I am also in favour of keeping the opt- out clause in the current Working Time Directive. Some of the countries joining the EU in 10 weeks time have already written the opt- out into their laws, and again, I do not want to see British firms put at a competitive disadvantage.
Talking about European matters brings me to the vexed subject of Road User Charging for lorries. It is good to know, looking at the Austrian example, that this kind of system can be made to work technically, especially when you look over the border at Germany and their problems. And certainly the current situation when British hauliers are put at a competitive disadvantage to other European companies by our own Government because of our fuel duties is neither sensible nor sustainable.
So I hope to see the problems with the Commission about the use of the revenue from the User Charging Scheme can be resolved quickly. We need a revenue neutral scheme to allow your industry to plan ahead with confidence, and I very much hope we will hear some positive news when the Chancellor announces his Budget next month. If not, I will be on the case.
As for rail freight, I am enchanted by the title of the session starting at 3.15, "Growing Rail Freight despite the Government's best efforts." I am not sure I can improve on that as a summary of the current situation. If the subsidy is directed away from the lines on which much freight traffic depends, then rail freight will stop growing. What is going to happen in the long term? We won't know until after the review is published in the summer—and maybe not even then. So I would like to wish Keith Heller all the very best in his new job. This is straightforwardly an area where the uncertainty about what we might inherit if we win the Election makes it impossible for me to predict what would have to be done.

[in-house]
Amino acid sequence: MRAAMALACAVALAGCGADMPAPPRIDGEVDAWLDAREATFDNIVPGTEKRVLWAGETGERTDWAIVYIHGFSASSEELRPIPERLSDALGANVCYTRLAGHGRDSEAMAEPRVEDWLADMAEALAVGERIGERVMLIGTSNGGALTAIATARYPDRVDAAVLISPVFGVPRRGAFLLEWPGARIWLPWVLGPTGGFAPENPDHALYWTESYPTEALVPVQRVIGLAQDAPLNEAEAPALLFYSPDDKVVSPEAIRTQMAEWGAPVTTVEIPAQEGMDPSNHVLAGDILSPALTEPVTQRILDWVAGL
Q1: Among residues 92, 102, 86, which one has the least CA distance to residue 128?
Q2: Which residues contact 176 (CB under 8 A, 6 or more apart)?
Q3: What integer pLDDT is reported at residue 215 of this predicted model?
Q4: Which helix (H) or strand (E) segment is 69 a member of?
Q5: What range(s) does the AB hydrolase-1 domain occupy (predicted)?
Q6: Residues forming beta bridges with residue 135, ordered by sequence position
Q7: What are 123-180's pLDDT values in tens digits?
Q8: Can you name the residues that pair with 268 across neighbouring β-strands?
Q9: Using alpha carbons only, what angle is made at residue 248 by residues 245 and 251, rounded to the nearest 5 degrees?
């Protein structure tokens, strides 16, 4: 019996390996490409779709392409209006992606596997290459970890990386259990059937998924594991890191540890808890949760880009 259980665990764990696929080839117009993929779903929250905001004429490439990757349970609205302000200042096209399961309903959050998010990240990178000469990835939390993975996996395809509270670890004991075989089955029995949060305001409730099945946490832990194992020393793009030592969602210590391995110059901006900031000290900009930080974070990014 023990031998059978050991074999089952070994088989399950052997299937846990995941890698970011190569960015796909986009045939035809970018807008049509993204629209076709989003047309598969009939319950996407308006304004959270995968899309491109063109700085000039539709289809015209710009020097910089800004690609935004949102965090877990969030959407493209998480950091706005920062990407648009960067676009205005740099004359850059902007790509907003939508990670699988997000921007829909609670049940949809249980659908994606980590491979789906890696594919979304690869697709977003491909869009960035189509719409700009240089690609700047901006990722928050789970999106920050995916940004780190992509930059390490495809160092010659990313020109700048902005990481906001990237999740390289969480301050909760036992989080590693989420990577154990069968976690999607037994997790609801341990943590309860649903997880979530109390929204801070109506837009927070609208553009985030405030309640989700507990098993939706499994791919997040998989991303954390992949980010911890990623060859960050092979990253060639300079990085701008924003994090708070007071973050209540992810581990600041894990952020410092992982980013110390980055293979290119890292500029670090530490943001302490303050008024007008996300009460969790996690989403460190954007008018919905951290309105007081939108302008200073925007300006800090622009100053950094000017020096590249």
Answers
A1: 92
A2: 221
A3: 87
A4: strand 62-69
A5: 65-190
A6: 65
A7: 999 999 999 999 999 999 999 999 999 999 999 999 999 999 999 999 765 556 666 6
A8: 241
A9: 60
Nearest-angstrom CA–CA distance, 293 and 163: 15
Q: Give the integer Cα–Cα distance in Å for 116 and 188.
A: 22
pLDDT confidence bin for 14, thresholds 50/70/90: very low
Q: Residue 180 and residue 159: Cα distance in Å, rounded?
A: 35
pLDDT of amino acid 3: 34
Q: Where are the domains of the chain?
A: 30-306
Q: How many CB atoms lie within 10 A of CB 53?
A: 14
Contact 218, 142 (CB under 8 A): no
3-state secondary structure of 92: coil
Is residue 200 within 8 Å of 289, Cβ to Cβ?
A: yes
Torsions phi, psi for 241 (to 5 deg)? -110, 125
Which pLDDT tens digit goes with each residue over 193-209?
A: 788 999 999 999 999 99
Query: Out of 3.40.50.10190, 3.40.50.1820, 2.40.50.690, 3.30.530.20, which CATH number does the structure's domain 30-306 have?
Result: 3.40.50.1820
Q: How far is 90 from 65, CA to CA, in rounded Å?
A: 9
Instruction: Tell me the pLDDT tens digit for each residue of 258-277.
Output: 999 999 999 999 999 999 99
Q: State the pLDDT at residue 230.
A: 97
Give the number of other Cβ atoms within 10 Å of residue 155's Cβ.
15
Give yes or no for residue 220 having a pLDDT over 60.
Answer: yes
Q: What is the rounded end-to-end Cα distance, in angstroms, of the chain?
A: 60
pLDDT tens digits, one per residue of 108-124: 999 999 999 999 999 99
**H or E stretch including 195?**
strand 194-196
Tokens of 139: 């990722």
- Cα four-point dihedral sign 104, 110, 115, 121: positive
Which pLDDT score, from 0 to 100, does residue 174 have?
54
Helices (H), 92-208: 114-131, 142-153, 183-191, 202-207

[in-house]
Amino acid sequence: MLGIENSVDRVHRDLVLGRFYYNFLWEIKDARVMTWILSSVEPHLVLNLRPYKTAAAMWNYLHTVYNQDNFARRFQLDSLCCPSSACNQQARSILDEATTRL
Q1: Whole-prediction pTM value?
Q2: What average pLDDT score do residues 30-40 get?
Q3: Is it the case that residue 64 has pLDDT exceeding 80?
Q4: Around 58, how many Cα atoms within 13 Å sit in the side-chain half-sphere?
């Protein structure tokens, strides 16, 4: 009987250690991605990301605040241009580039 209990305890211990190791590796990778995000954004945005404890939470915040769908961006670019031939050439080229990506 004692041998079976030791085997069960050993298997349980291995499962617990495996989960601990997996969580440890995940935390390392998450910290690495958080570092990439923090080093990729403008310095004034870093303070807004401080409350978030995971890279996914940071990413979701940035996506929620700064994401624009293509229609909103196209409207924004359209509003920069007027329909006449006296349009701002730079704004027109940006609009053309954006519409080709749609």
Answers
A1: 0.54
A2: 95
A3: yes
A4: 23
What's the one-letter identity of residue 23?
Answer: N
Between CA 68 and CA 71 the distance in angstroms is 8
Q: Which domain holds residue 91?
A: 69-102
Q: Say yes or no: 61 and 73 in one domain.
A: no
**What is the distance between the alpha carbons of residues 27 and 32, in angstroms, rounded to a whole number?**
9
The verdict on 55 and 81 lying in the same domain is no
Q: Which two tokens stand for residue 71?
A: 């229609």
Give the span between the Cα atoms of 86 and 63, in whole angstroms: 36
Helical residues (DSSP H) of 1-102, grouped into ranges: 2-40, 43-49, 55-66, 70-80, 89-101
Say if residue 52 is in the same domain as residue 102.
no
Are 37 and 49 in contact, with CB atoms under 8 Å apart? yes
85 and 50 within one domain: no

There are a number of other issues, not least those affecting ports and aviation, which I will not have time to address this afternoon. But I would like to make a closing observation on the Ten Year Plan as a whole. It was, frankly, over-hyped as a solution to our transport problems. The slow progress of the Multi-Modal studies has meant that the implementation of specific road improvements has remained a weak area in the plan. Congestion charging seems to create at least as many problems as it solves. Rail planning is back in the melting pot. Tax incentives for cleaner vehicles are offered with one hand and taken away with the other.
So the degree of certainty that many people in your industry hoped for when the Plan was unveiled has not happened. There is an alternative vision, where politicians step back from the detail of industrial planning and set the framework for companies and individuals to make their own decisions. That is the vision that my colleagues and I are developing, and I am sure that it can contribute to the long-term health of our freight industry—an industry which itself is absolutely essential to the long-term health of our economy."